by Russell Brandom, The Verge
For years, the Illinois Biometric Information Privacy Act has been a headache for any tech company working with facial recognition. It’s a simple law, requiring a person’s explicit consent before a company can make a biometric scan of their body. In the eight years since the law was first passed, those scans have become a central part of products like Google Photos, Snapchat filters, and Facebook’s photo-tagging system. All three companies are currently facing lawsuits for allegedly violating the Illinois law, producing biometric face prints without notifying Illinois citizens.
Now, Illinois’ law is facing sudden and quiet changes that would dramatically reduce its power.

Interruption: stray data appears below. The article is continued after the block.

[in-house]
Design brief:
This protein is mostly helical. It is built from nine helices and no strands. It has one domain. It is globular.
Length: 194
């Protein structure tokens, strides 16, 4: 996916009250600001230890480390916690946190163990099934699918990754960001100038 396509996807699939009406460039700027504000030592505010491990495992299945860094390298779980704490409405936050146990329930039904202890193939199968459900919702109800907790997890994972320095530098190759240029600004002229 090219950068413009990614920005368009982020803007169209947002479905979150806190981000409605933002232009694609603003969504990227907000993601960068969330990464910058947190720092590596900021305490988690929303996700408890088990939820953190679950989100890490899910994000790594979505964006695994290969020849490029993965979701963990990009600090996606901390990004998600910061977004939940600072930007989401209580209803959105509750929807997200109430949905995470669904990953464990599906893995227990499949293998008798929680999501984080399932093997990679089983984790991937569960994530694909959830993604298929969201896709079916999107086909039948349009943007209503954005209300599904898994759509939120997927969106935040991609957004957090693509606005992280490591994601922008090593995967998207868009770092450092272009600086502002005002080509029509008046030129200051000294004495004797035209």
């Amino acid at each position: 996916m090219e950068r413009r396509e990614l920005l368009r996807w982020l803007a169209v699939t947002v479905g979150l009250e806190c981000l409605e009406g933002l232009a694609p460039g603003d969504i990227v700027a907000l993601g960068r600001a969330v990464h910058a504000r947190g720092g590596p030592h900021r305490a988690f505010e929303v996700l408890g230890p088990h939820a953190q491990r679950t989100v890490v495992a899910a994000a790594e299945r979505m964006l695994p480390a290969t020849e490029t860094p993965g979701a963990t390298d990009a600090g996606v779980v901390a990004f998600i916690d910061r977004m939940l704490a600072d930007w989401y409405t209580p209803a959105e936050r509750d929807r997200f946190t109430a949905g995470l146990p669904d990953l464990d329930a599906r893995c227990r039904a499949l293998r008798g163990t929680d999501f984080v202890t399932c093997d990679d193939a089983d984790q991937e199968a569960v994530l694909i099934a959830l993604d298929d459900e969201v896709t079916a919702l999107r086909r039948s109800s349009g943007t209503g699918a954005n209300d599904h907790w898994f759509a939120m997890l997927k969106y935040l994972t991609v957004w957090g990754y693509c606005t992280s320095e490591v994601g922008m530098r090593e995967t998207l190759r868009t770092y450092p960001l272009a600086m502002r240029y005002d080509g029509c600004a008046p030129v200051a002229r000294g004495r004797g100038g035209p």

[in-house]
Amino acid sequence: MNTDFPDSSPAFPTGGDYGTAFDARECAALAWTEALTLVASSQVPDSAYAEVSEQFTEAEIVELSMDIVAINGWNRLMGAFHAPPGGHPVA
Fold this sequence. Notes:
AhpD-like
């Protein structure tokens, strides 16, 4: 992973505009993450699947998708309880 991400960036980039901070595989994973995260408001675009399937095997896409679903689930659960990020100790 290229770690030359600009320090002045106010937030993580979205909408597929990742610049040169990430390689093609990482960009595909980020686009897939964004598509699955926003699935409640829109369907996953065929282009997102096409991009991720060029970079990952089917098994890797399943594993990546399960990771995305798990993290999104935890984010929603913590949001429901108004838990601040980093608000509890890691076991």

Yesterday, Illinois State Senator Terry Link quietly proposed a revision to the biometrics act, attached to a long-delayed bill concerning unclaimed property procedures. Under Link’s revisions, the bill would be limited to “data resulting from an in-person process whereby a part of the body is traversed by a detector or an electronic beam.” That conveniently rules out scans from preexisting photography, and — if the revisions become law — would end all three lawsuits in a single stroke.
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